The Gene Powell Interview: Part Two

The University of Texas Board of Regents chairman on the fog of war, the battles over higher education, and the future of learning.
Fri May 17, 2013 9:00 am

This is part two of a two-part interview. Part one was published on texasmonthly.com yesterday. A condensed version of the entire interview will be published in the June issue of Texas Monthly. The interview has been lightly edited for clarity and length.

JAKE SILVERSTEIN: So let’s talk about the Framework [for Advancing Excellence]. It’s a document, written by the chancellor, that outlines a series of specific goals, from increasing the number of degrees conferred to lowering financial impact, and even touches on some smaller things like space utilization and computational power. But what are the larger goals of the project? What is the framework trying to do for the system?

GENE POWELL: There are problems in higher education across America: cost, accessibility, tuition, fees, teaching loads, utilization of space. So I appointed two task forces the first day I became chairman, one on online learning, chaired by Regent Hall, and one on excellence and productivity, chaired by Regent Pejovich. Now, these two task forces had presidents, regents, other people in the system on them, and the chancellor was on them too. Over the spring of 2011, they talked about everything in the world, and they brought in all kinds of experts. They had about twenty meetings, and they put in about two thousand man-hours. In late May the chancellor came to me and he said, “Chairman, I have had an epiphany. I think I can see an action plan, and I think I can use almost everything that the two task forces have generated. Your plan was for each task force to write a report to the board and the board would hand it to me and I would go work on it. I don’t think we can wait for that. I now know enough that I can go right to writing the action plan.” So we gave him permission, and he gathered together his staff, they went on a retreat, and they wrote the first draft of the framework. They then brought it to me, and he and I spent a day going over it. He then took it to the regents. They reviewed it, gave him input, he then took it to the presidents, they all reviewed it, gave their input, and all signed off on it. Then he presented it on August 25, 2011. The room was packed, with both supporters and naysayers. We had all the presidents there. The chancellor did an almost one-hour presentation. I then asked a couple of the presidents to stand up and tell us what they thought about the framework. The one I remember the best is John Mendelsohn, who was president of MD Anderson [Cancer Center] at the time. He stood up and said, “I am so impressed with this piece of work, this is not just a framework for Texas, this is a framework for higher education and medical education across America.”

This framework is not simply a report. It’s a roadmap to action that has been embraced by the National Higher Education Association, by the UT presidents, by Chambers of Commerce and business groups, by the U.S. secretary of education, by the vice president and president of the United States. Did you know the chancellor has been invited to the White House twice? Once he visited with President Obama and [Education] Secretary Arne Duncan, and once with Vice President Biden. The president wanted to know, “How are you guys in Texas accomplishing all that you’re accomplishing? We want to know how you’re doing it.” So the chancellor went up and told them. And then they invited him back. And they’ve called him a number of other times. He told me that he and Arne Duncan spoke at the National Hispanic Chamber here a month or so ago, and Duncan came up and said, “You guys are my heroes. We consider you the trendsetter across America.” He said, “Don’t let those people in Austin get you down.” You know, it’s very interesting that a board of nine regents that are all Republicans would be castigated at home and applauded in the Democratic White House.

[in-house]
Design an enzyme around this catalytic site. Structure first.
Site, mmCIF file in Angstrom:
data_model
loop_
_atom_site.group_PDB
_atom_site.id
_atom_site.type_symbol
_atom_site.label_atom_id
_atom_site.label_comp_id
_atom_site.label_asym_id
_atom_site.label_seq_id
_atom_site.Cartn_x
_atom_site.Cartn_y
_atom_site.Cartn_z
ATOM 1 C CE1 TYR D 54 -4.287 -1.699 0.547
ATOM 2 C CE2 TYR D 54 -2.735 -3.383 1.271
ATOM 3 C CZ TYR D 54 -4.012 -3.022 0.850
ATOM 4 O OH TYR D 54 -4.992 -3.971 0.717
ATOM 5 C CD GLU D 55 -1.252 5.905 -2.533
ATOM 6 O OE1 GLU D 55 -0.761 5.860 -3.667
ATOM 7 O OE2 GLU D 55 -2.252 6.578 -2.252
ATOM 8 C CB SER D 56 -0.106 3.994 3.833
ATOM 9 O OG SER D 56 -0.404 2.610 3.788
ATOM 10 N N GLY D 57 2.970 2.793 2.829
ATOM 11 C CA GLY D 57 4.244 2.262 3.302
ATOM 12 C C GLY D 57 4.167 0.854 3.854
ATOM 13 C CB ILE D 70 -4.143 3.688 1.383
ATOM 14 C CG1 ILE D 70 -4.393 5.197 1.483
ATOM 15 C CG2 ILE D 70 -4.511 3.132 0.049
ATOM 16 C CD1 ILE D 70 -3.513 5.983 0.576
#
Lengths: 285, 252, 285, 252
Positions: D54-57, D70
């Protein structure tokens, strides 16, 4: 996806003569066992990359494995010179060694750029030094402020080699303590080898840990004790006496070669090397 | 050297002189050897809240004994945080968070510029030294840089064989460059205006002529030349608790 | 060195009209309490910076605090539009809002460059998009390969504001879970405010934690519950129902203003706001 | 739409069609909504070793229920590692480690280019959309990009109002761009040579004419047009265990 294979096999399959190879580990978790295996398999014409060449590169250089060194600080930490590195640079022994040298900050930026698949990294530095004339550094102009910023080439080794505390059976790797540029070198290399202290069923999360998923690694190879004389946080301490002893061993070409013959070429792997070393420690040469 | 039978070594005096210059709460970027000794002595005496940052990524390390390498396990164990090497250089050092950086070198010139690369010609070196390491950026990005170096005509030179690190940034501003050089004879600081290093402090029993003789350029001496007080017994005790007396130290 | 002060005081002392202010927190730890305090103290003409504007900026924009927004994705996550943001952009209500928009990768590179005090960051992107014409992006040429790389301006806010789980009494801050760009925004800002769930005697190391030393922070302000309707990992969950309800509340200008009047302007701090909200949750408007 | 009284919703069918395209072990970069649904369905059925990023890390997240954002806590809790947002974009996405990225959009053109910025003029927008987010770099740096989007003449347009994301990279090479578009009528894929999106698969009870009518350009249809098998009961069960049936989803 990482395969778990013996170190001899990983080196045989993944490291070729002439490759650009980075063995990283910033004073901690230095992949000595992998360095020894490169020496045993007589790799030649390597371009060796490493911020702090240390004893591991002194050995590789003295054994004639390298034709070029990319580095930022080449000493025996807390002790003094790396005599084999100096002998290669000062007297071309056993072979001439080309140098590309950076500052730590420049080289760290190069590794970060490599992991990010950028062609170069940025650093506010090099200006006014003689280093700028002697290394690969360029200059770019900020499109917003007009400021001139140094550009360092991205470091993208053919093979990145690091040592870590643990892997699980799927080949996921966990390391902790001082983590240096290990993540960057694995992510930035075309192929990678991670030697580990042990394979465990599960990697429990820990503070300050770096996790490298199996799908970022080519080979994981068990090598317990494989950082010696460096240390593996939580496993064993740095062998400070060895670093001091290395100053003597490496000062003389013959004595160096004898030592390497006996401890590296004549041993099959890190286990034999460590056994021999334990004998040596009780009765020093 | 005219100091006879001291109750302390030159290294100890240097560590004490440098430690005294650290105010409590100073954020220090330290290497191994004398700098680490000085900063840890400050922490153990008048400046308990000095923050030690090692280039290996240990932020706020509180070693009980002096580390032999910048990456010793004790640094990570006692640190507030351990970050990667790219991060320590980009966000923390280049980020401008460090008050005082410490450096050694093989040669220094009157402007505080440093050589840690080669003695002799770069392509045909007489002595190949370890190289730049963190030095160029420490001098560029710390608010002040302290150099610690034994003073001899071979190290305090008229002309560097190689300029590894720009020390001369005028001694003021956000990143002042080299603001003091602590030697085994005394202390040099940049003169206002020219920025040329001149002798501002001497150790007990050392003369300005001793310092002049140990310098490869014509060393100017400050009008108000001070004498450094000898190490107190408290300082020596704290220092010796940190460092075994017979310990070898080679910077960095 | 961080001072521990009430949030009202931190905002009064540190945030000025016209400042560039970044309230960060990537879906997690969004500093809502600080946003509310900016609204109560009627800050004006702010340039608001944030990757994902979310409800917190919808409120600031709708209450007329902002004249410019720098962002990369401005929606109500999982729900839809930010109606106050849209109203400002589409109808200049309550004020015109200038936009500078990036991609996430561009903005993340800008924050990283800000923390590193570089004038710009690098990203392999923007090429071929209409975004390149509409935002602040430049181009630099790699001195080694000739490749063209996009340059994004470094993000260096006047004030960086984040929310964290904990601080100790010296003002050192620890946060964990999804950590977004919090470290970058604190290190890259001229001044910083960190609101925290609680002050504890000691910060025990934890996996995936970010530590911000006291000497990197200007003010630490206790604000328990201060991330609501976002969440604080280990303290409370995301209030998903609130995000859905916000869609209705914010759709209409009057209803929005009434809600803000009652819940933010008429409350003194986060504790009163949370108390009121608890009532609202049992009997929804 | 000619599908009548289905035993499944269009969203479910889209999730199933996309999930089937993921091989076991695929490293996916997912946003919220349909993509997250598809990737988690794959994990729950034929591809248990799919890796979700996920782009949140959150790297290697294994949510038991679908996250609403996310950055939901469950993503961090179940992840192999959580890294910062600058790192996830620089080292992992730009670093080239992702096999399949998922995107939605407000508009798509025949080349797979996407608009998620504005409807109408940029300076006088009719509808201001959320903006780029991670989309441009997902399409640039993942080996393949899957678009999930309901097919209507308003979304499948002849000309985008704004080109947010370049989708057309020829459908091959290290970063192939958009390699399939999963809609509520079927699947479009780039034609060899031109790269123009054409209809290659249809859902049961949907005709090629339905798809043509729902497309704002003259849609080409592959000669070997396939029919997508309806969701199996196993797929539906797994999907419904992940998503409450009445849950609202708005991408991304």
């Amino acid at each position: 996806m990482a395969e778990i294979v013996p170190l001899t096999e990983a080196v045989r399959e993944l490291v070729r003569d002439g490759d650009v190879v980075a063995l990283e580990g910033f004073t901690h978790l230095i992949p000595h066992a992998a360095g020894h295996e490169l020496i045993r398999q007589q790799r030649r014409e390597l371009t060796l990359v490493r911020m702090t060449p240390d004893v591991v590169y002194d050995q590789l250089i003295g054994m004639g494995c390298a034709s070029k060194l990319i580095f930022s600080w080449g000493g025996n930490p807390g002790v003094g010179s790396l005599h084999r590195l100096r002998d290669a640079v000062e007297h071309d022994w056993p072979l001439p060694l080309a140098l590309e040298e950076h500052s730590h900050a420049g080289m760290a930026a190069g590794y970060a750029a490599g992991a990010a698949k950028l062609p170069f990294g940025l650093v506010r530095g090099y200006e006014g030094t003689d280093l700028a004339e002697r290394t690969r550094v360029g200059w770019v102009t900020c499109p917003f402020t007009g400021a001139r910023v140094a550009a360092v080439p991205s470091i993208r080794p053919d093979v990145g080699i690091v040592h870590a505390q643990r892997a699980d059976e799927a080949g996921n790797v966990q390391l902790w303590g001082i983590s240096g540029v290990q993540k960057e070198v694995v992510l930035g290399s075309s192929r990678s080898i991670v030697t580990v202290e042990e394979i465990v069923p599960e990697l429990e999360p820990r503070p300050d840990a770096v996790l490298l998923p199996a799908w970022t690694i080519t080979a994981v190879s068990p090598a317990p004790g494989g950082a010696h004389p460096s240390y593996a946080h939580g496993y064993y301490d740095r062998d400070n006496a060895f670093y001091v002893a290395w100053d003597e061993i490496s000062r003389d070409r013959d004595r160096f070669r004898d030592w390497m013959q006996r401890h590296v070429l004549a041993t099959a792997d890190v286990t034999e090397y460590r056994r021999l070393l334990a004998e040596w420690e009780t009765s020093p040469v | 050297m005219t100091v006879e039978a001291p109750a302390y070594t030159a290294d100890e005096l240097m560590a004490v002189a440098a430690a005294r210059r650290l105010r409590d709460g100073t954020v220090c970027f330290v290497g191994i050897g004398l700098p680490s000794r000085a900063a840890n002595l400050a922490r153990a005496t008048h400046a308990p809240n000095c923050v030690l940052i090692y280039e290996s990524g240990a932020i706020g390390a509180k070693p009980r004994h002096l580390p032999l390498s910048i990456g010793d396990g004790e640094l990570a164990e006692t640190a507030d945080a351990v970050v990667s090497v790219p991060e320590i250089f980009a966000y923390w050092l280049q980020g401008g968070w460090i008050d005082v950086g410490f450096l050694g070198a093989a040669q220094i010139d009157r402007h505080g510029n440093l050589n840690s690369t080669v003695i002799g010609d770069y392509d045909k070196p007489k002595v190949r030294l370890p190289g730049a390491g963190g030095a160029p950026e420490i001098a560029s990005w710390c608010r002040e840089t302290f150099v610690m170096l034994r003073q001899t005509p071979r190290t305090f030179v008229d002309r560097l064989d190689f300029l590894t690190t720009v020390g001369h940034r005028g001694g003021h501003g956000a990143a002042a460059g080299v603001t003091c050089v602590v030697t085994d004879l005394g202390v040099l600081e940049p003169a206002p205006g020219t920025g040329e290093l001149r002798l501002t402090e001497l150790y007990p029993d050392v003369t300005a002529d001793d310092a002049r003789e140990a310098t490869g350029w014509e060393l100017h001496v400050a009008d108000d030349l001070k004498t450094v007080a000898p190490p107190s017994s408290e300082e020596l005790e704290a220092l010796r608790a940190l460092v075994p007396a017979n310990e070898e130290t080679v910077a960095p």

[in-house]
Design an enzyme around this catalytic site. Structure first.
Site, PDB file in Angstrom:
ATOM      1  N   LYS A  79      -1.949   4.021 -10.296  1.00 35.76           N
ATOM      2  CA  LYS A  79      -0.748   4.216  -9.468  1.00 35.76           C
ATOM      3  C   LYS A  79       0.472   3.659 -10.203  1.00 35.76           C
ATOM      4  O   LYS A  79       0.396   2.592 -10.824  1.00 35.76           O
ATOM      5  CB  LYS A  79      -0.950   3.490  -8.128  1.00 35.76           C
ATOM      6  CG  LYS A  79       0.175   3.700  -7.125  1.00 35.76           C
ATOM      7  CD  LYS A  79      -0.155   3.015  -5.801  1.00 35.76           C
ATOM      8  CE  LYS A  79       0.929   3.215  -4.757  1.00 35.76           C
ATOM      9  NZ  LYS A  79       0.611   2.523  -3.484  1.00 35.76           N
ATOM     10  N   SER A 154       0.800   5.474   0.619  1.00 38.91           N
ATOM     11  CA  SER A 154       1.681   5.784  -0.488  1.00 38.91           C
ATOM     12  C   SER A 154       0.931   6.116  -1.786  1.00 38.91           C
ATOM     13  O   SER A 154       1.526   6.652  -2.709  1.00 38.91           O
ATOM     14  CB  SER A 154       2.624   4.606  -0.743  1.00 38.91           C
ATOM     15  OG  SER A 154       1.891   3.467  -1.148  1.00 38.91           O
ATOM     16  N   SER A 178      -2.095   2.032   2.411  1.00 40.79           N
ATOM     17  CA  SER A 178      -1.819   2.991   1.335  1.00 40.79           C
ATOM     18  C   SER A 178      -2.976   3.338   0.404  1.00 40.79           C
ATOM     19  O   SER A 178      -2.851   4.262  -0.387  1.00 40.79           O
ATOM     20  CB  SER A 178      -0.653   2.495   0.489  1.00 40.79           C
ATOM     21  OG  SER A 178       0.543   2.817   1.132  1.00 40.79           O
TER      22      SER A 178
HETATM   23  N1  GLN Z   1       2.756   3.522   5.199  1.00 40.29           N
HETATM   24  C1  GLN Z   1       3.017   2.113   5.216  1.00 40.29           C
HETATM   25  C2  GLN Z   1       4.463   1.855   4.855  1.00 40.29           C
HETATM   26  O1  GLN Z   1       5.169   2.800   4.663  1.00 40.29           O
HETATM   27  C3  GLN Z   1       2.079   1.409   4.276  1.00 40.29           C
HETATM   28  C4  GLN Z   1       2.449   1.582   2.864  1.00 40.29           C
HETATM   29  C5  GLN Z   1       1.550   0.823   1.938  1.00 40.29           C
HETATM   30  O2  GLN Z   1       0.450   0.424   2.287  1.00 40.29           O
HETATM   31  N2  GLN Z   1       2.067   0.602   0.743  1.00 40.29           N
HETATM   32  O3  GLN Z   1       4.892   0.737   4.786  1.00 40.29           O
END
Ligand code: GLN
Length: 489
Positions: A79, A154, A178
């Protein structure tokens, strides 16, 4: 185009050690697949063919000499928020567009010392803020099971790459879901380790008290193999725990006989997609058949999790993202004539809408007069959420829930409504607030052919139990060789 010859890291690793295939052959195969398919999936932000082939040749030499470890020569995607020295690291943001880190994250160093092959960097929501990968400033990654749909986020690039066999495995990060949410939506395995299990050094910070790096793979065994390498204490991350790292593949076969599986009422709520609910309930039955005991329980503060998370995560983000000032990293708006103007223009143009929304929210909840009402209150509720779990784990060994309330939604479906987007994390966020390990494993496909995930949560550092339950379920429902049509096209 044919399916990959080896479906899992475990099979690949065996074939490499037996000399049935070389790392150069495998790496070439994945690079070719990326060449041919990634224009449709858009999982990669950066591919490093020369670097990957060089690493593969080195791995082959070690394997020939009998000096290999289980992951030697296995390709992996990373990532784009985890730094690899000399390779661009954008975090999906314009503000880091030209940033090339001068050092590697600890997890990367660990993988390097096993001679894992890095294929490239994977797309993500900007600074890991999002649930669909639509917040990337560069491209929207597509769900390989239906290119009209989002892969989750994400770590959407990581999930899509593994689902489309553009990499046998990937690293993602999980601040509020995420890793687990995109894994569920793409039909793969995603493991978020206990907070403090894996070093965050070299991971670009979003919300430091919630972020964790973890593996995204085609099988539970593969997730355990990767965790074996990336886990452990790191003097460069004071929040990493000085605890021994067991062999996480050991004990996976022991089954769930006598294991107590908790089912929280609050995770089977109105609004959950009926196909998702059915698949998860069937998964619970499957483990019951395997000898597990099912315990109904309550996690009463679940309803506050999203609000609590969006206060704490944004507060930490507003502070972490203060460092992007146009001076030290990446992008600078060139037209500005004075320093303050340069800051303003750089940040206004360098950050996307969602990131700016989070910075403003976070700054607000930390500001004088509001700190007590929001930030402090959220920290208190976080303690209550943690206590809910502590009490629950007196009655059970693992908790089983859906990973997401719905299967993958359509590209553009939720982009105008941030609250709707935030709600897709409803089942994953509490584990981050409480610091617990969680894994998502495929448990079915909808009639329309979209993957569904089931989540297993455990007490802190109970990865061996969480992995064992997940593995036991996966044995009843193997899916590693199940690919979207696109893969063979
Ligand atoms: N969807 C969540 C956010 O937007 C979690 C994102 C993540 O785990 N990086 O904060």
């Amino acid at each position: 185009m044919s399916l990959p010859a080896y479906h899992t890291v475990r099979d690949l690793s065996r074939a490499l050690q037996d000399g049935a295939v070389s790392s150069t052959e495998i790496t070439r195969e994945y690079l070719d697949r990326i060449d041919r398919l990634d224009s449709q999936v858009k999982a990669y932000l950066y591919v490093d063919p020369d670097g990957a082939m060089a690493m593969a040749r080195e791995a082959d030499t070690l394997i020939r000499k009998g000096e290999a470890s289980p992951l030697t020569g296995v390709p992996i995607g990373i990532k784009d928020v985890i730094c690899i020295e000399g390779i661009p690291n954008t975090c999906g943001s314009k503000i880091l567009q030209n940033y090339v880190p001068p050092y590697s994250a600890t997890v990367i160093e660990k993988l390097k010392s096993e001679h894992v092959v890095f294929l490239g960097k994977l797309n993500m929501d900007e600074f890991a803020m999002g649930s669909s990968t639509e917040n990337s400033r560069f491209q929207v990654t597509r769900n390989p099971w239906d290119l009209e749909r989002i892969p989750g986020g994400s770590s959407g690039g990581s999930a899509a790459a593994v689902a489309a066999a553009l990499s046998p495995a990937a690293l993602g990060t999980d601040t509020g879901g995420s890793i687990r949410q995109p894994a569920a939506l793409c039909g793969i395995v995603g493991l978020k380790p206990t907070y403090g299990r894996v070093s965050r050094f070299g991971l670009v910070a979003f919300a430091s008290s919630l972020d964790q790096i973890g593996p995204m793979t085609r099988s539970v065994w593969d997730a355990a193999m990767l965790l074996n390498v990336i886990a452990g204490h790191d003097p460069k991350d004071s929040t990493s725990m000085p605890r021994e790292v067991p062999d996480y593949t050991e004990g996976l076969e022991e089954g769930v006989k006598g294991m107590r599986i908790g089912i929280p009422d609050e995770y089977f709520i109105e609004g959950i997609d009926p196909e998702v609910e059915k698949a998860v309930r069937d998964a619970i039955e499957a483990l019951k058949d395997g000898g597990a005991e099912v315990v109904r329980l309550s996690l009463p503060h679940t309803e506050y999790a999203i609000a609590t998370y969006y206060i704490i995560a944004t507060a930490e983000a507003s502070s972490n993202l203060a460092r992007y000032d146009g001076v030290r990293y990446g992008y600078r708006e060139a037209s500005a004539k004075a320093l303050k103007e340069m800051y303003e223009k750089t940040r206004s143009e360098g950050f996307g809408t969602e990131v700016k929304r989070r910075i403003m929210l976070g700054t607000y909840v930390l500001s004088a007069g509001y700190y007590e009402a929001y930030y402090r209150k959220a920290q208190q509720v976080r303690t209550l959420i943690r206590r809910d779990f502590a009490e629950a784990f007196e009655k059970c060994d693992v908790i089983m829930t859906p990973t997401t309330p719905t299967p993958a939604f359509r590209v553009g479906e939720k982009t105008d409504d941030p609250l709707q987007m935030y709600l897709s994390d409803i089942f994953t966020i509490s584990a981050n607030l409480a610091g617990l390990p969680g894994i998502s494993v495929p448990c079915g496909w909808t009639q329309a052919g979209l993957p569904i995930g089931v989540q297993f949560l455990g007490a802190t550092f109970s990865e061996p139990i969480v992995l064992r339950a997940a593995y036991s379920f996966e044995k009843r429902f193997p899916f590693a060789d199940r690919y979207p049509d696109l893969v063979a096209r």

JS: You said you consider the past two years at UT to be the most productive 24-month cycle ever in higher education in American history. That’s a bold claim. So make your case.

GP: We’ve never seen this big of a productivity period, and we’ve never seen this big of a paradigm shift ever.

JS: When you say paradigm shift, you mean at the UT System or in American higher education?

GP: I mean at the UT System.

JS: Well, explain that, that’s interesting.

GP: Okay, so we’ve had two things come out of the framework. First, we’ve had these capital investments, huge capital investments and commitments that the board has made. I don’t think we’ve ever seen this level of capital commitments. Then we’ve got organizational changes in higher education, and I’m going to give you—this’ll take a few minutes, but I’m going to give you my little top list of the two groups. So first, let’s talk about those capital improvements. We’ve got a new medical school in Austin. The regents committed $250 million over ten years. The citizens of Austin voted to tax themselves. There’s not been a new medical school created at an AAU [Association of American Universities] institution in 37 years. There’s a university in South Texas that will begin next year with 28,000 students. It’ll open its doors as the second-largest Hispanic-serving institution in America. When was the last time you heard of anybody forming a brand-new university in one of poorest regions of the state? Then we add a medical school to it, and we’ve committed $100 million over the next ten years to that medical school. That’s two medical schools being formed in one year when the last one at an AAU school was 37 years ago. Then the board passed the Strength in Numbers Initiative. We believe that as revenues from the state go down, philanthropy

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